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slim
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Yeeee ha.

I've finally started my training! Thanks Simon. A beautiful day, just a shame it was too blustery to get a wing over my head :-(

I felt a bit of a wally hanging from two bits of rope in the barn with the harness and motor but it was a lot more comfortable than I was expecting.

Here's to gentle winds and a total absence of work emergencies on Friday ;-)

Stuart

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Ok, so the day started a little late. It was raining when I left Reading but by the time I got to Lambourn it was sunny, a little "thermic" as Simon puts it but a nice steady 8mph breeze blowing from the North. Training started at midday and ended at about 4pm because I had to be home in time to get number 3 son off to camp for the weekend.

After day one when it was far too gusty to try and get a wing over my head today was much better. I fell over quite a bit. It isn't like flying my stunt kite at all! I keep having to try and remember that the brakes are generally to be used sparingly but I did get a few hops down the hill including one at 20 feet altitude and 20 yards in length. What a feeling and not a motor in sight yet!

Now I'm exhausted, I've got aches in places I didn't know I had places and several bumps and bruises but a big smile on my face. I suspect I'll sleep like a log tonight.

I took a couple of pictures of Simon practicing with his new Dudek Synthesis. Click here for my album. He let me try it out at the end of the day. A truly fantastic piece of kit. My brand new one arrives at the weekend and I can't wait. I suspect the stunt kite will be languishing in the back of the car for a while whilst I practice with 31 square meters of nice crispy wing every lunchtime in the field near my office.

More next time.

Stuart.

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  • 2 weeks later...

Today truly was father's day! My lovely new crispy Dudek wing arrived so Simon and I took it up the hill (thanks Clive). It was a pretty low wind day so lots of practice forward launches but I did manage to get a few reverses in and some time just ground handling. I don't ache as much tonight as last week. What wind there was came from the South so we were using the gentle grassy slope.

It really does get easier with practice!

Clive Bunce (he of Dudek fame) flew overhead in his microlight but couldn't land at the time so he went home. I managed one towed launch thanks to Rob and Simon running like maniacs (well done and thank you guys) followed by a reasonable landing.

Now to put lots of ground handling practice in before my next day at Lambourn. It was a bit tricky to practice before with a lack of a wing and harness but now that deficit has been fixed I can make some progress (i hope).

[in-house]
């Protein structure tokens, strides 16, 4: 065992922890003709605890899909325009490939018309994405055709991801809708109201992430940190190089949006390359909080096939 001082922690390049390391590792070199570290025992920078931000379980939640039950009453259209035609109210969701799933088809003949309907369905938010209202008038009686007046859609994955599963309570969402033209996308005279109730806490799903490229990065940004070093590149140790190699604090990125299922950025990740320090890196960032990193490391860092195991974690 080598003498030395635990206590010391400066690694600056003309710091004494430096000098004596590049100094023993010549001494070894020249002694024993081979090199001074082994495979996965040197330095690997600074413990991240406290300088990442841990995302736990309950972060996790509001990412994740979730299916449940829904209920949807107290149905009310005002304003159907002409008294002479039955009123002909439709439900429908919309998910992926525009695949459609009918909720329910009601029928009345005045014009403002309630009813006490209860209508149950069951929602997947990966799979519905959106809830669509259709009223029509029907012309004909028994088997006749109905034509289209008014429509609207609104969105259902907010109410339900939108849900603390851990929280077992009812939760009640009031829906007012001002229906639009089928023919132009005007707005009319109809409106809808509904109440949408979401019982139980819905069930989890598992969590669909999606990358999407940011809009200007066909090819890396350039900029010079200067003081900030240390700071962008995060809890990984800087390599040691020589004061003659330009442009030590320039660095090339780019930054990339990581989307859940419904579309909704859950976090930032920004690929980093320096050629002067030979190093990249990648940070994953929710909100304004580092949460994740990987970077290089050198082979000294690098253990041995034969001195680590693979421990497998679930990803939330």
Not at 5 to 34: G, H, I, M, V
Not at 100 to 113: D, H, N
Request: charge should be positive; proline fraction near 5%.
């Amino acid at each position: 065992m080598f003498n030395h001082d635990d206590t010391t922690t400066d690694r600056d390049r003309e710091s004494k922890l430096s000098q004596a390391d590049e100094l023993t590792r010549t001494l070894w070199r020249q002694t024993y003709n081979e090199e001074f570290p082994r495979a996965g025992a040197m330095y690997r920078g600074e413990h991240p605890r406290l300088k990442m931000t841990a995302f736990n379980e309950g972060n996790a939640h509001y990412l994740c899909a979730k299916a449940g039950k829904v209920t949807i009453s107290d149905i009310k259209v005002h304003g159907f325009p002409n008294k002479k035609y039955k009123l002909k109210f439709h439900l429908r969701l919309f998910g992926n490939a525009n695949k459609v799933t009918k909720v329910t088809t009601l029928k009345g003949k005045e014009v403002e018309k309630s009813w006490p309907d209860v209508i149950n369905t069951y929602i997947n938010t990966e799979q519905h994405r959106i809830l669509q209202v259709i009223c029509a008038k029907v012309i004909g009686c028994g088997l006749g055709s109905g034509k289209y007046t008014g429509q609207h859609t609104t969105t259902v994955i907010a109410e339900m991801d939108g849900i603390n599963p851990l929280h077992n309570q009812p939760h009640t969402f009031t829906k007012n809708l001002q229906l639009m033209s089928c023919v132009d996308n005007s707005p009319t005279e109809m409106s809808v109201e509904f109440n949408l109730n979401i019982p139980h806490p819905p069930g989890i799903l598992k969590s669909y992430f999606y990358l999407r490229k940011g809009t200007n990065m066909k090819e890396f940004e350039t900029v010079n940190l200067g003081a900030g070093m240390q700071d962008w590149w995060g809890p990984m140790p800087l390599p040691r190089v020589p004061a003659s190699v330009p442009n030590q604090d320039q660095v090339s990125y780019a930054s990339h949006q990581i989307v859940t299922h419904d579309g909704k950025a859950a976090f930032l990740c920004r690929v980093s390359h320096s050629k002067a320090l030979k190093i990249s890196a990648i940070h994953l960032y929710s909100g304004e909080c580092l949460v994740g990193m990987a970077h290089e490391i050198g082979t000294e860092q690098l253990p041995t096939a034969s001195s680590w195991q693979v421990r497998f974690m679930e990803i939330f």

And the lesson of the day? When to give up. If the takeoff isn't happening then abort earlier rather than later. When you're physically tired stop and rest. There's no point in getting tired. The wing seems to know and chooses that moment to turn around and bite you ;-)

We saw a couple of buzzards pretty closely today together with a kestrel and various other wild life. Altogether another great day.

I think I'll sleep well tonight

Stuart

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On Friday night I managed to get 45 minutes of ground handling practice in the field near my office. The wind was steady at about 5mph. Lots of forward launches were the order of the day. Unfortunately I didn't have a windsock with me so I was relying on watching the trees and feeling to gauge the wind. Getting the wind direction wrong means the wing just wants to go off to one side and no amount of running and brakes seems to get it back. I also noticed that because of the higher speed nature of the reflex wing it is much harder to do useful ground handling in low winds.

This morning Number 2 son begged me to show him the wing so off we went to the the field. After a few forward launches that were not very successful because of the low wind, Josh asked if he could try. It didn't take a Ph.D in Aerodynamics to work out that this was going to be tough - how to get a 3 stone child off the ground on a reflex wing with almost no wind and limited ability to control the brakes (remote control by yelling ;-) ) It took three attempts but we did manage a 10 yard flight at 5 feet off the ground and actually it taught me a lot about things I've been doing wrong. The good news is that harness, wing, father and son survived to tell the tale to mom :lol: